Pratt, Sir Roger

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Pratt, Sir Roger (1620–85). English gentleman-architect. He was one of the C17 pioneers of Classicism in England, having studied Continental architecture during extended tours and a period of residence in Rome, and was one of the Commissioners appointed to supervise the rebuilding of the City of London after the fire of 1666. He seems to have intended to write an architectural treatise, for his notebooks contain some rules for the guidance of architects as well as on the building of country-houses. He designed four astylar country-houses: Coleshill, Berks. (c.1650–62—demolished 1952), Kingston Lacy, Dorset (1663–5—altered by Barry 1835–9), Horseheath Hall, Cambs. (1663–5—demolished 1792), and Ryston Hall, Norfolk (1669–72—altered by Soane 1786–8). The first truly Classical house in London, Clarendon House, Piccadilly (1664—destroyed), was also by him. All his houses were planned on the double-pile system with a hall and saloon on the central axis. His work influenced later designs, notably Belton House, Lincs. (1685), and Denham Place, Bucks. (1688).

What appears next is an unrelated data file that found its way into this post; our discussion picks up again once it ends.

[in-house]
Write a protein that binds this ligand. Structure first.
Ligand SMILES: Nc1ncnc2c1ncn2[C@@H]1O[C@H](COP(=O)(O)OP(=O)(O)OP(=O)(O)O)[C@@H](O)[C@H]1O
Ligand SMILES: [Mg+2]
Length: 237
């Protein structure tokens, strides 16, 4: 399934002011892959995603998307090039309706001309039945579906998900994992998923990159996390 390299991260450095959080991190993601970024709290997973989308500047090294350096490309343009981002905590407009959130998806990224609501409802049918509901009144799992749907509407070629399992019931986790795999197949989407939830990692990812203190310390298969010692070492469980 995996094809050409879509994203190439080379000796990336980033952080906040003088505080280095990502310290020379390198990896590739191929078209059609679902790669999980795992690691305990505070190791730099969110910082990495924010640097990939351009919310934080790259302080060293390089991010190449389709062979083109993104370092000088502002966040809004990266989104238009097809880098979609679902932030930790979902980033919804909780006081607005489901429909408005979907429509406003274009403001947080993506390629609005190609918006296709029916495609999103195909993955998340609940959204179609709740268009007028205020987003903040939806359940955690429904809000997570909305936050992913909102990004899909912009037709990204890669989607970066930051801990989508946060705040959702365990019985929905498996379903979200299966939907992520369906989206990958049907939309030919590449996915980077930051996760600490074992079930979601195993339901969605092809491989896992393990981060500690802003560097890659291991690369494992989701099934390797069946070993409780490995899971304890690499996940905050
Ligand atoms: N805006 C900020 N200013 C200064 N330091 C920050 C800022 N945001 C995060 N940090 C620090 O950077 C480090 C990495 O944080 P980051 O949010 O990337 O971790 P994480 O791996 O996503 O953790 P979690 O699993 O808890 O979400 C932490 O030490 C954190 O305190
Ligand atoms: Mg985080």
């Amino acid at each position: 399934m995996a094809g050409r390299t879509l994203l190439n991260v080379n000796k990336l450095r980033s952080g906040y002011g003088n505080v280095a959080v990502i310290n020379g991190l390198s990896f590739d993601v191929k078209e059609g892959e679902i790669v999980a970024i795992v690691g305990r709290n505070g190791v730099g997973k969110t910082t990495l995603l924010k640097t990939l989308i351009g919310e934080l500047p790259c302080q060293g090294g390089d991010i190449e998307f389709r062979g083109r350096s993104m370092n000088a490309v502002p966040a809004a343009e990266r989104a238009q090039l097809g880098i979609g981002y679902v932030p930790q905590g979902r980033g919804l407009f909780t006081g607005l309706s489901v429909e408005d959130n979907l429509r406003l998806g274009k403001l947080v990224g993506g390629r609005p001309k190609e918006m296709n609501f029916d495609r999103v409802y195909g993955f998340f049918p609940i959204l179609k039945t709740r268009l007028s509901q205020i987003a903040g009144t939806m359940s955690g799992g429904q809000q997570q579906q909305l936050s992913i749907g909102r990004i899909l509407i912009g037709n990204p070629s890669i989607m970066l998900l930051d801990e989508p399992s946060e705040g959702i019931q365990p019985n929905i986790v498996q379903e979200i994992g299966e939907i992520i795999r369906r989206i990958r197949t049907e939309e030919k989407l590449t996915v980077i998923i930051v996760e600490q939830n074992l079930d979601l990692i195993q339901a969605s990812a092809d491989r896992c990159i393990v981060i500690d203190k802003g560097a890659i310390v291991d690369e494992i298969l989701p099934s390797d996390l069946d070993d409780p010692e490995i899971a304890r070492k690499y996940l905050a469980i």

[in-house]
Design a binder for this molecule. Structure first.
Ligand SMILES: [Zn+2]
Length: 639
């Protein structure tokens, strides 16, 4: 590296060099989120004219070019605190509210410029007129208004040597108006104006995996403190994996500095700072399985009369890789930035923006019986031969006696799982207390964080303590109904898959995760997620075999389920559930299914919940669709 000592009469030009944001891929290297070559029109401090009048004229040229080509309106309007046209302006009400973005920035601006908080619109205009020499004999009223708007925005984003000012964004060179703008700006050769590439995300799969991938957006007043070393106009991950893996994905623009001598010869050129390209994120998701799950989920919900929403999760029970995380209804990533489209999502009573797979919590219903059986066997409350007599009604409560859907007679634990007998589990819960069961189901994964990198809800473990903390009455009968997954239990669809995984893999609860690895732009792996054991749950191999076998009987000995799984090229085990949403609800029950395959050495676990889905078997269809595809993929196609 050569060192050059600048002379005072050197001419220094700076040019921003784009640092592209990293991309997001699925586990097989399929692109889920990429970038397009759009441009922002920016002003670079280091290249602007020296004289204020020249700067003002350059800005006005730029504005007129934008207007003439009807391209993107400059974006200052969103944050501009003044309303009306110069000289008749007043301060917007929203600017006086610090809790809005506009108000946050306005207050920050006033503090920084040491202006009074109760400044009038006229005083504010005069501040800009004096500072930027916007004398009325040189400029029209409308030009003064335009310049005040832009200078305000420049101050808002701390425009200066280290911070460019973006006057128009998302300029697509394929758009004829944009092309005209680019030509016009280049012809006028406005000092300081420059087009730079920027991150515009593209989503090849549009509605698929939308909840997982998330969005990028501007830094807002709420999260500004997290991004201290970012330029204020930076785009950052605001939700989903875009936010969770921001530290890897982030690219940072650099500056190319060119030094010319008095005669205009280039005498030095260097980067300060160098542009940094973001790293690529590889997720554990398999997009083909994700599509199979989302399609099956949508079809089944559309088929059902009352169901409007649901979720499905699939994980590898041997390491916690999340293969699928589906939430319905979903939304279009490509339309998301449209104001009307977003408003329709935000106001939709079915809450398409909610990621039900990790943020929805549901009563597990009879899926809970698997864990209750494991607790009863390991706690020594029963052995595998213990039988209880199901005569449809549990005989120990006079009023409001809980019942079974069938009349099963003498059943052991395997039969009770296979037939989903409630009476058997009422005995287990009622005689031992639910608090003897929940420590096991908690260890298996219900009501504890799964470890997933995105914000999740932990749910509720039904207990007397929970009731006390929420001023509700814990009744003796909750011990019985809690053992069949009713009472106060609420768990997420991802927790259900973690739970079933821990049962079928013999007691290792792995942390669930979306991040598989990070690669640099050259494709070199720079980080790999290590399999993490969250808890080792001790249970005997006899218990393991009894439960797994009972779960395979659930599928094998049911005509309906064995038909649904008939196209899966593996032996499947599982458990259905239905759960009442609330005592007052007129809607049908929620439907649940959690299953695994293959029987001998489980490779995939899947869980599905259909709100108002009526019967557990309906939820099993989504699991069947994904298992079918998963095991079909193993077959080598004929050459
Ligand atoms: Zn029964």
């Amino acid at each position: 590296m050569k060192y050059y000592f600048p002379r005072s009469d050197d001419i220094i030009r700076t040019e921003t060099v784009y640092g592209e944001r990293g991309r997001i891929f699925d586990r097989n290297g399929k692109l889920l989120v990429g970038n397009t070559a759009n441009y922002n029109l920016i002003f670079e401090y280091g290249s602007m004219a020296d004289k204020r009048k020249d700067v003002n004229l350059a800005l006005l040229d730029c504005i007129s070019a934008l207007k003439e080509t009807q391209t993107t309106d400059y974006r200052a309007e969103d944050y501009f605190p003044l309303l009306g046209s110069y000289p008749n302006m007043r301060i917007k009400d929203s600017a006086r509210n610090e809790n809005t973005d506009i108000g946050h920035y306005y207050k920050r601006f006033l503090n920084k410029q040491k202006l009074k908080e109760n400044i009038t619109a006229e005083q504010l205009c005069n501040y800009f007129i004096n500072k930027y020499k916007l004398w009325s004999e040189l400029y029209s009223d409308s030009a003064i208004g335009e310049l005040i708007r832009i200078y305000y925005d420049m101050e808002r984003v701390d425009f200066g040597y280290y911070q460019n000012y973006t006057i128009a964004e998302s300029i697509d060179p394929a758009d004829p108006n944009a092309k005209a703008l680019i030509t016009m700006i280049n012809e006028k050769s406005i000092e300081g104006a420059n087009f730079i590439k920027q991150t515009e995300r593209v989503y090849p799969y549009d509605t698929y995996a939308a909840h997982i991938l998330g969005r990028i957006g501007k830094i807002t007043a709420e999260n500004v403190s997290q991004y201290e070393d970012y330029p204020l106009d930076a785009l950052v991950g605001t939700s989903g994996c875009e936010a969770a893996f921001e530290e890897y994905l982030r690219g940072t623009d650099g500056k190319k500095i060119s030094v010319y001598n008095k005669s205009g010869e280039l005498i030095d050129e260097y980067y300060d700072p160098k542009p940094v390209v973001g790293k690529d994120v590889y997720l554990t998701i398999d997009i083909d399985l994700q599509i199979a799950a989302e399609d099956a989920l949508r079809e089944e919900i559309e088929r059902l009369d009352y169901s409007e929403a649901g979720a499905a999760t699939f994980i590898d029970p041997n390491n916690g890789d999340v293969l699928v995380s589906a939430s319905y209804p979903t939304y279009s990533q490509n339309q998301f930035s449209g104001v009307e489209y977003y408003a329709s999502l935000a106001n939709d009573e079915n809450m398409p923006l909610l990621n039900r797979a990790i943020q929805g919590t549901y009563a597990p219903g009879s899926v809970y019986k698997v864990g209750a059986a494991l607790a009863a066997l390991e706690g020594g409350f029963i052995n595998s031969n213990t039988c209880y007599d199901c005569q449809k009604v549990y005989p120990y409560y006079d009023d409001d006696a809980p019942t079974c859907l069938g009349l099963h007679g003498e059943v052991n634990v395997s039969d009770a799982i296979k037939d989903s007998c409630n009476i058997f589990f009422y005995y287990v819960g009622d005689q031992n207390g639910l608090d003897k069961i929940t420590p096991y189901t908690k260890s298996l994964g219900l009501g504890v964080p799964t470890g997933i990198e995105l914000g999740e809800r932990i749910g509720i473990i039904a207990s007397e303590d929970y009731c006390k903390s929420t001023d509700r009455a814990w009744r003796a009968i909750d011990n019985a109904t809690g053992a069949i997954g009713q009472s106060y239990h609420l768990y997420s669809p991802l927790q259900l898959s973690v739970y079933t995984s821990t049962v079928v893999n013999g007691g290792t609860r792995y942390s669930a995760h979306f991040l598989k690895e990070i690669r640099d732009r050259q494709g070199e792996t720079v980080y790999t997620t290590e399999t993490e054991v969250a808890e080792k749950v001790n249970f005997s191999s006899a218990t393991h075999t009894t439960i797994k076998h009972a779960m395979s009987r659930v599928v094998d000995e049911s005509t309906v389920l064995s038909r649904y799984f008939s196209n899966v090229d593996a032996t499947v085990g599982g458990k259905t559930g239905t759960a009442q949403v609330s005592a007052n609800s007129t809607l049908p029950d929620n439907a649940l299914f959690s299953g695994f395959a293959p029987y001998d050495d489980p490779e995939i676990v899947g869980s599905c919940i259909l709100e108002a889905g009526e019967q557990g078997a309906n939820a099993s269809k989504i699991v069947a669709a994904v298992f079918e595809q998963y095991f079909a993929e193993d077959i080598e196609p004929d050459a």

Bibliography

Colvin (1995);
Oxford Dictionary of National Biography (1917);
Gunther (ed.) (1928);
Mowl & and Earnshaw (1995);
Oxford Dictionary of National Biography (2004);
Placzek (ed.) (1982);
Summerson (ed.) (1993);
Jane Turner (1996)